DOL Rolls Back Trump Administration’s Independent Contractor Rule

05 May 2021 Labor & Employment Law Perspectives Blog
Authors: John R. FitzGerald Larry S. Perlman

Employers who have been following the Department of Labor’s (DOL) guidance on independent contractors may feel that they are sitting on a playground seesaw.

As we previously reported this past January, in the waning days of the Trump administration, the DOL issued a final rule (the Rule) on Independent Contractor Status under the Fair Labor Standards Act (FLSA). The Rule modified the DOL’s test for classifying workers as employees or independent contractors for purposes of the FLSA, making the test broader and friendlier to employers. Specifically, the agency adopted a five-factor test but emphasized two factors as most important: (1) the nature and degree of the individual’s control over the work, and (2) the opportunity for profit or loss.

At the time, we cautioned that employers’ sense of joy over the Rule might be short-lived, given the incoming administration’s stated commitment to roll back Trump-era actions that it perceived as negatively impacting workers; such caution was well-advised. On May 5, 2021, the DOL announced a new final rule, withdrawing the January 2021 Rule. The withdrawal takes effect on May 6, 2021.

According to the Biden administration’s DOL, it is withdrawing the Rule because it is inconsistent with the FLSA’s purpose and text, and because no court has yet followed the Rule’s approach when analyzing whether a worker is an employee or an independent contractor under the FLSA. Also, because the Rule allows more workers to be classified as independent contractors and thereby reduces the number of workers protected by the FLSA, the withdrawal is in accordance with President Biden’s agenda to expand protections for employees.

The DOL has not put forth any new guidance with respect to independent contractor classification, meaning that for the time being employers should look to prior DOL guidance with respect to independent contractor classification, including is the DOL’s Fact Sheet 13: Employment Relationships Under the Fair Labor Standards Act (FLSA). That guidance provides a seven-factor test, which is less forgiving in terms of classification issues and does not identify any factor or factors as carrying more weight than the others.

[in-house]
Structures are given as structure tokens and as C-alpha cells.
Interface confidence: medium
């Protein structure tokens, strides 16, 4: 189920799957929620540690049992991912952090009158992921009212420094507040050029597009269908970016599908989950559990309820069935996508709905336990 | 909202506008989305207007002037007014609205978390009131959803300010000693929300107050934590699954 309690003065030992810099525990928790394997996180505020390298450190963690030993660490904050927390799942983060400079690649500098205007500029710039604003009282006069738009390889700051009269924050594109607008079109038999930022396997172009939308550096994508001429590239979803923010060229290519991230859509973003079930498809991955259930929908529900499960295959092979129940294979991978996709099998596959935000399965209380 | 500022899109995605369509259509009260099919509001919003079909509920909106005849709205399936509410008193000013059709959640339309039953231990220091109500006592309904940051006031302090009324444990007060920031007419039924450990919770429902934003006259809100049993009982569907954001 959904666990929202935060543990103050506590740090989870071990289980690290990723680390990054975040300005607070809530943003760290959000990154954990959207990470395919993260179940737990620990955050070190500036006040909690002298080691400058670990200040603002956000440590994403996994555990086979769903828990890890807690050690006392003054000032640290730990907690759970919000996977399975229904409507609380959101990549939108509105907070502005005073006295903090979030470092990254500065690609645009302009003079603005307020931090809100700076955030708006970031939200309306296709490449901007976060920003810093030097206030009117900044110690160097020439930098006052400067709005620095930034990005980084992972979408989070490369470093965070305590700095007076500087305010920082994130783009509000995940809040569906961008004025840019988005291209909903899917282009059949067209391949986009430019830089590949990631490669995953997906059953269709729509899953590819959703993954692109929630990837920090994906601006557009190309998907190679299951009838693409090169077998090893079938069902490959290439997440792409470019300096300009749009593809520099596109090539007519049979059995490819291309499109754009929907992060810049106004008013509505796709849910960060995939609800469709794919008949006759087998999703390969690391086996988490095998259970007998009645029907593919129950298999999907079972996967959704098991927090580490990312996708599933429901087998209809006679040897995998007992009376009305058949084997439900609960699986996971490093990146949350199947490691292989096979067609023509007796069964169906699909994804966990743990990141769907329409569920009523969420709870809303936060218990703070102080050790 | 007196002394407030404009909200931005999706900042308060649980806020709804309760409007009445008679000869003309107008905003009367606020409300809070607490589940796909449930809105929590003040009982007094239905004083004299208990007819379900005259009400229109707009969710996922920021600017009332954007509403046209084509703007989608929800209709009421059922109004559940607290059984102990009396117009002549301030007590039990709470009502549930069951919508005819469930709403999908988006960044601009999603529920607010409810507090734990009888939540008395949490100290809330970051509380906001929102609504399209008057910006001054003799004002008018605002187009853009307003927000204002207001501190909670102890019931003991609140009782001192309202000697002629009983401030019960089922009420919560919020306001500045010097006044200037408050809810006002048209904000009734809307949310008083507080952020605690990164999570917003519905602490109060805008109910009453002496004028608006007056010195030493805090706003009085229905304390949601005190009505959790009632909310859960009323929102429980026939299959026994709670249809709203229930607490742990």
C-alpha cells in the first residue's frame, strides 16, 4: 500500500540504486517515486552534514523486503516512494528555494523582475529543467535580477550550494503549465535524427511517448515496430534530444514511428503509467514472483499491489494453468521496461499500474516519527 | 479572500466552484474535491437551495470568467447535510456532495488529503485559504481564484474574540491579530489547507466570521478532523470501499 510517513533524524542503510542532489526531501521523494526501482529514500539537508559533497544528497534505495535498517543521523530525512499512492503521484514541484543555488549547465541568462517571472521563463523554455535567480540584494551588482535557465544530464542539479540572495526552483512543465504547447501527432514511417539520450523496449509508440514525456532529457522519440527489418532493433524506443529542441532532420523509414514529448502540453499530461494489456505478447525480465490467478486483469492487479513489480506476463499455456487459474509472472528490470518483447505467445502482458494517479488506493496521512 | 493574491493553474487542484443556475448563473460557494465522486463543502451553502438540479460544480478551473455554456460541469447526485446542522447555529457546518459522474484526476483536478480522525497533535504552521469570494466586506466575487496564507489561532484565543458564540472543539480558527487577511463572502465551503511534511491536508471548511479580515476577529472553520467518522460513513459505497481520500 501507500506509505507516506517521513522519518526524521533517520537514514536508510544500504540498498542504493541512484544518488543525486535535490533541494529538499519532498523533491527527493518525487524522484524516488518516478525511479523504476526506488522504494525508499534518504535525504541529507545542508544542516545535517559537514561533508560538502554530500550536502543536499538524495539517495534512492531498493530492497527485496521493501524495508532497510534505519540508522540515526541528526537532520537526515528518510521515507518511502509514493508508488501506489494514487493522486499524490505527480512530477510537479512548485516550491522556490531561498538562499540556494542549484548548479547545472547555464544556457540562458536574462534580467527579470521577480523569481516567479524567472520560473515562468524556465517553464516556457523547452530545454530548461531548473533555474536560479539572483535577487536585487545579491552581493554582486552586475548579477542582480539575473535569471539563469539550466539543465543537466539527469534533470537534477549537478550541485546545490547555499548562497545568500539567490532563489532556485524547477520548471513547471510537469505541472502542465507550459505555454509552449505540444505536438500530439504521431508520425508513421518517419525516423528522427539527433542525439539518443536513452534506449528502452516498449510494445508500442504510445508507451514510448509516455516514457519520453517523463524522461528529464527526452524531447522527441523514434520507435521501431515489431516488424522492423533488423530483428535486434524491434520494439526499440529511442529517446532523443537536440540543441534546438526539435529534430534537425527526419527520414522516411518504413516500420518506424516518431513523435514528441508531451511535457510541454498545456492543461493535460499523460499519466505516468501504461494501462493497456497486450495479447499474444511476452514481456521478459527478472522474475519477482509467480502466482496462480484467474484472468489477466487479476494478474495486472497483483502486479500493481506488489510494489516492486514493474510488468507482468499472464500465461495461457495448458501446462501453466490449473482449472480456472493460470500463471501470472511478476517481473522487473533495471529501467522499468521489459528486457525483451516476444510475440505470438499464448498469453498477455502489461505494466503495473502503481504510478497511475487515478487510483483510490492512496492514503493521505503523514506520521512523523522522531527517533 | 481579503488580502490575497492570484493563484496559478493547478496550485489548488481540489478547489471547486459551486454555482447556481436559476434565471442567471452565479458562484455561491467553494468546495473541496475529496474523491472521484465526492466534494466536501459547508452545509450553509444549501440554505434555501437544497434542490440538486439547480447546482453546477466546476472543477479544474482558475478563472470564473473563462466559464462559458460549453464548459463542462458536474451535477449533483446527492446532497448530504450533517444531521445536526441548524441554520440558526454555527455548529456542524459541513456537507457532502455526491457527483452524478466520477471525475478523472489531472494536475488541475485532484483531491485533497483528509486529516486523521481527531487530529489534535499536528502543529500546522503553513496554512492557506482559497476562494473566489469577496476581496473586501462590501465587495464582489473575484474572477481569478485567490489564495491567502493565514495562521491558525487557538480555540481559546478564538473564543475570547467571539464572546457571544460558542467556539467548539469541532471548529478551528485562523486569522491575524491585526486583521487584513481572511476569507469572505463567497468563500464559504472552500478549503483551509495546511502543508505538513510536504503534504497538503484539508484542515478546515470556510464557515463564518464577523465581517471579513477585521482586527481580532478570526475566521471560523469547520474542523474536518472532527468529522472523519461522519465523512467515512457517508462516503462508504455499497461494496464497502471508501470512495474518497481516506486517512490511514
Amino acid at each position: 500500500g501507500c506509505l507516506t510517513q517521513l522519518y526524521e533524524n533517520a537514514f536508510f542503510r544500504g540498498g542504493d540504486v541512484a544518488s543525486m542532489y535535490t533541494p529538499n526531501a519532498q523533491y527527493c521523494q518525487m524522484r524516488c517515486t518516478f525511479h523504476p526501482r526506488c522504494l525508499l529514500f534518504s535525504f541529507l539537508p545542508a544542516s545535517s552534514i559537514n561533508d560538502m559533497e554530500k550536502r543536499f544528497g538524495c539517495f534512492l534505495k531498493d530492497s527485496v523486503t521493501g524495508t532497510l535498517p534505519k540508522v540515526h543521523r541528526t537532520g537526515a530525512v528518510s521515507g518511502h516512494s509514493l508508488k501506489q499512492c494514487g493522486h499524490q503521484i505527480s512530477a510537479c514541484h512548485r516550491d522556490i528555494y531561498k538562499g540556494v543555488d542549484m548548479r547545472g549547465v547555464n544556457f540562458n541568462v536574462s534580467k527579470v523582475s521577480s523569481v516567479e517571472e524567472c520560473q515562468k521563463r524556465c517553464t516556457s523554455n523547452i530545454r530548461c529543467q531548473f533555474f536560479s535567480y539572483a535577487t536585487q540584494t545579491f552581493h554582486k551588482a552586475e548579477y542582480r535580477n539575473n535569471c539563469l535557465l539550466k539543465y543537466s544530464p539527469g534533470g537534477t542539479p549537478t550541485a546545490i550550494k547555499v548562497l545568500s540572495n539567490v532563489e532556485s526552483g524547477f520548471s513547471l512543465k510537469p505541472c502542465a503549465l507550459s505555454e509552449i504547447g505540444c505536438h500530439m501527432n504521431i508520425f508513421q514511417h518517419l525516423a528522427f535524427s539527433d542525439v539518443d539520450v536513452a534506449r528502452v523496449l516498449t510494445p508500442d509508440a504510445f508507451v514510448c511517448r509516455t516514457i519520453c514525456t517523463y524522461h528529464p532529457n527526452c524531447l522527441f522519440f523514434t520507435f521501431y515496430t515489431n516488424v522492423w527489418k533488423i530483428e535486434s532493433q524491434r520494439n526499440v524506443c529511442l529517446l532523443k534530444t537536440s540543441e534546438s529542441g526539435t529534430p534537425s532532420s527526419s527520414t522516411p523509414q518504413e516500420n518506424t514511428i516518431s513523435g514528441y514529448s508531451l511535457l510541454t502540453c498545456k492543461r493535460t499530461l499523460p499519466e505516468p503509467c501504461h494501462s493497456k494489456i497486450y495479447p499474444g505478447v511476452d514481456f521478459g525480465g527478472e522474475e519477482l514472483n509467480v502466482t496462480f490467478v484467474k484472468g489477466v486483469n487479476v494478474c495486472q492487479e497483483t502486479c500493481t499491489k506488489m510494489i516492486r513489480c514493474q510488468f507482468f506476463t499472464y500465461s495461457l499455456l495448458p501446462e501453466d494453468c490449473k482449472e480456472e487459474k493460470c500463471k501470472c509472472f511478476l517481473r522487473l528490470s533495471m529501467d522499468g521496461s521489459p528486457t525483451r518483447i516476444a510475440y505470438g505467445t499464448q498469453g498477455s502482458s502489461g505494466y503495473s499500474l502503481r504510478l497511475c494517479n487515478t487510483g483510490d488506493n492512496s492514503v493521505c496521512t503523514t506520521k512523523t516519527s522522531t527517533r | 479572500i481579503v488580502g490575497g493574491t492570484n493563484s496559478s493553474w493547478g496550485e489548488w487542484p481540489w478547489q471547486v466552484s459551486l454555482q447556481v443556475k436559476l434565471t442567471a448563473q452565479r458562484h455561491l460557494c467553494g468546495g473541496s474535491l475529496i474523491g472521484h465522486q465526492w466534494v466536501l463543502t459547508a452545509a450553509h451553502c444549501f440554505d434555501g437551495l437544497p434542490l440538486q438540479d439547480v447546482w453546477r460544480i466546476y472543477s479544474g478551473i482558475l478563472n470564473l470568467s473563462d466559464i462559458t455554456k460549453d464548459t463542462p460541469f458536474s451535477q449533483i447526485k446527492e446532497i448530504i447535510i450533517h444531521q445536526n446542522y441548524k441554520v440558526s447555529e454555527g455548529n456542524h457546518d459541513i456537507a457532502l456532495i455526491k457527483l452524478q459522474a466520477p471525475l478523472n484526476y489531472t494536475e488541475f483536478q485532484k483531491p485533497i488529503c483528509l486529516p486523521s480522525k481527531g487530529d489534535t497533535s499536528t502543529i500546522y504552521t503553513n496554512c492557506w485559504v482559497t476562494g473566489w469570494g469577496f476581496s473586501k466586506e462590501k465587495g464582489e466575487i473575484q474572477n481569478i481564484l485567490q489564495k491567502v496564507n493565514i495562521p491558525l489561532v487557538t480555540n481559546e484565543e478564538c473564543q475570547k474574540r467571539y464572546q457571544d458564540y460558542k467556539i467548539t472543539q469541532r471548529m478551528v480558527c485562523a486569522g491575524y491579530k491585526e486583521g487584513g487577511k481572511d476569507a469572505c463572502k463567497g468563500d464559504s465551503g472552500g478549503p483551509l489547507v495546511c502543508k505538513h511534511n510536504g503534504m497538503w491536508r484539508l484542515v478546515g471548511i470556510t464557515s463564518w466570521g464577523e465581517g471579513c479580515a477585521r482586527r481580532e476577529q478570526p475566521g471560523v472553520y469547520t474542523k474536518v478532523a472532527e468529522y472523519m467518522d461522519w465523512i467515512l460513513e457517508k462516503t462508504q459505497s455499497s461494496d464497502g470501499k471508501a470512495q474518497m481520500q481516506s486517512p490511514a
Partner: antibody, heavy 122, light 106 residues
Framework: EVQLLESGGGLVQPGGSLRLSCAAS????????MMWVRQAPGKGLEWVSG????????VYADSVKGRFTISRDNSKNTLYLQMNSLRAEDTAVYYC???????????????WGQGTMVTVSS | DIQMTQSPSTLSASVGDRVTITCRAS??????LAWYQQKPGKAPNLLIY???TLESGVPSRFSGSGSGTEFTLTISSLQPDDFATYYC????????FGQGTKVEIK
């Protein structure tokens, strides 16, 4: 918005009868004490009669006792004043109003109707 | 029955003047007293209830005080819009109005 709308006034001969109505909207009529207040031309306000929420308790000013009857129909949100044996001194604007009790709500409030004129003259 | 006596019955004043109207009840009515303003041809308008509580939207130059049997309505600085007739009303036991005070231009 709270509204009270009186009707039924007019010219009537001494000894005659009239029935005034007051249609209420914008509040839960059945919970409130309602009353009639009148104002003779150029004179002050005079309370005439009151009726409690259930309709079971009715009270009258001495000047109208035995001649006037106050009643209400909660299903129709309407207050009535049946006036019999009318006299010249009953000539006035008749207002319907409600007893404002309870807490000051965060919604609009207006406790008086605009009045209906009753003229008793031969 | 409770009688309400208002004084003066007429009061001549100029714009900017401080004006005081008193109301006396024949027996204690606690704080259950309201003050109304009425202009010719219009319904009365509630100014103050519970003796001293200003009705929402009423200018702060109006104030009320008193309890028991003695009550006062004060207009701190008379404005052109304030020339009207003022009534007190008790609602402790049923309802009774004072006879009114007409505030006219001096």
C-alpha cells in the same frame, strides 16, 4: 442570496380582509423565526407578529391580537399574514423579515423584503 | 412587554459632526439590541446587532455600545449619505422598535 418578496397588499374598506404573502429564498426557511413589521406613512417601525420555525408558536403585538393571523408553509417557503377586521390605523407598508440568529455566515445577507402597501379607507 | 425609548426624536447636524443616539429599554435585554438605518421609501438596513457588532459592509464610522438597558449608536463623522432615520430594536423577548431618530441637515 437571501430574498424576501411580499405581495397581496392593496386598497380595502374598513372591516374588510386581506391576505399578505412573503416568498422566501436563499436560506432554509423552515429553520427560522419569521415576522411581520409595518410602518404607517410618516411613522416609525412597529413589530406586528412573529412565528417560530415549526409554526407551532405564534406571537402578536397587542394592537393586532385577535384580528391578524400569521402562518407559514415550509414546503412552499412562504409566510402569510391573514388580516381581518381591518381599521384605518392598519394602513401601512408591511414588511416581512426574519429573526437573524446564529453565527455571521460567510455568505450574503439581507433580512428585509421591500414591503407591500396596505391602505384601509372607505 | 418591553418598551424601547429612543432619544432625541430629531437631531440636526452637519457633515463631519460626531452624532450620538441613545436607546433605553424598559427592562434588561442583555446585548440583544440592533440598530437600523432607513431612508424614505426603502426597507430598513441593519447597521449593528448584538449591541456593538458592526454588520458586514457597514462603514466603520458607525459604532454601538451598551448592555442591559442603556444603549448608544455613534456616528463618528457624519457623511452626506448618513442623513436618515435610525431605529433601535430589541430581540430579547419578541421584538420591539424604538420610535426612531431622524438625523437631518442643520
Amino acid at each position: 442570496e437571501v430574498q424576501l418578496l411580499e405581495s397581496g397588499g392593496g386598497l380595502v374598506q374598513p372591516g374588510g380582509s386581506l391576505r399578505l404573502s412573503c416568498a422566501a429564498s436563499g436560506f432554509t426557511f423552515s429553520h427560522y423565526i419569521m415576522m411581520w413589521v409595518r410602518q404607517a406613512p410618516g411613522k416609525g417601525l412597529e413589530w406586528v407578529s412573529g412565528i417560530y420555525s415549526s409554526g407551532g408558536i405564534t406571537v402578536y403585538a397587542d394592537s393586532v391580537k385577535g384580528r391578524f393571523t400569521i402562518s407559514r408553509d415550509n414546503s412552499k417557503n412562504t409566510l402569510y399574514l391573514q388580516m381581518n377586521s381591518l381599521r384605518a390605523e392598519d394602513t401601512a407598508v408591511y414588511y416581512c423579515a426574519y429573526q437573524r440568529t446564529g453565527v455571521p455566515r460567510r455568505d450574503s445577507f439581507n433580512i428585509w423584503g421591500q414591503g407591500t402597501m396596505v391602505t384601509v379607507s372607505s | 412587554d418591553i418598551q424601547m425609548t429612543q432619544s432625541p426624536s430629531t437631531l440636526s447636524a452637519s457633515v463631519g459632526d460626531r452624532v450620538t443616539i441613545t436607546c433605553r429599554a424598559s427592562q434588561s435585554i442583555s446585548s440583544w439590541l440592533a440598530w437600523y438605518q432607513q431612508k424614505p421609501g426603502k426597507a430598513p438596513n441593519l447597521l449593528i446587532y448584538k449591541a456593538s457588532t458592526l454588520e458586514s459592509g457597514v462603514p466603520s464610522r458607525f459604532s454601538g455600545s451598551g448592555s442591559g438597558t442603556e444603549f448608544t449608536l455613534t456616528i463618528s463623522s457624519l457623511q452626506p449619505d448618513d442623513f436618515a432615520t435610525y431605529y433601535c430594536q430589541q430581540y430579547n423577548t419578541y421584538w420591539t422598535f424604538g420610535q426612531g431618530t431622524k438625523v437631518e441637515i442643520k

We will keep you updated on further changes with respect to this ever-evolving area of law.

This blog is made available by Foley & Lardner LLP (“Foley” or “the Firm”) for informational purposes only. It is not meant to convey the Firm’s legal position on behalf of any client, nor is it intended to convey specific legal advice. Any opinions expressed in this article do not necessarily reflect the views of Foley & Lardner LLP, its partners, or its clients. Accordingly, do not act upon this information without seeking counsel from a licensed attorney. This blog is not intended to create, and receipt of it does not constitute, an attorney-client relationship. Communicating with Foley through this website by email, blog post, or otherwise, does not create an attorney-client relationship for any legal matter. Therefore, any communication or material you transmit to Foley through this blog, whether by email, blog post or any other manner, will not be treated as confidential or proprietary. The information on this blog is published “AS IS” and is not guaranteed to be complete, accurate, and or up-to-date. Foley makes no representations or warranties of any kind, express or implied, as to the operation or content of the site. Foley expressly disclaims all other guarantees, warranties, conditions and representations of any kind, either express or implied, whether arising under any statute, law, commercial use or otherwise, including implied warranties of merchantability, fitness for a particular purpose, title and non-infringement. In no event shall Foley or any of its partners, officers, employees, agents or affiliates be liable, directly or indirectly, under any theory of law (contract, tort, negligence or otherwise), to you or anyone else, for any claims, losses or damages, direct, indirect special, incidental, punitive or consequential, resulting from or occasioned by the creation, use of or reliance on this site (including information and other content) or any third party websites or the information, resources or material accessed through any such websites. In some jurisdictions, the contents of this blog may be considered Attorney Advertising. If applicable, please note that prior results do not guarantee a similar outcome. Photographs are for dramatization purposes only and may include models. Likenesses do not necessarily imply current client, partnership or employee status.

Related Services

Insights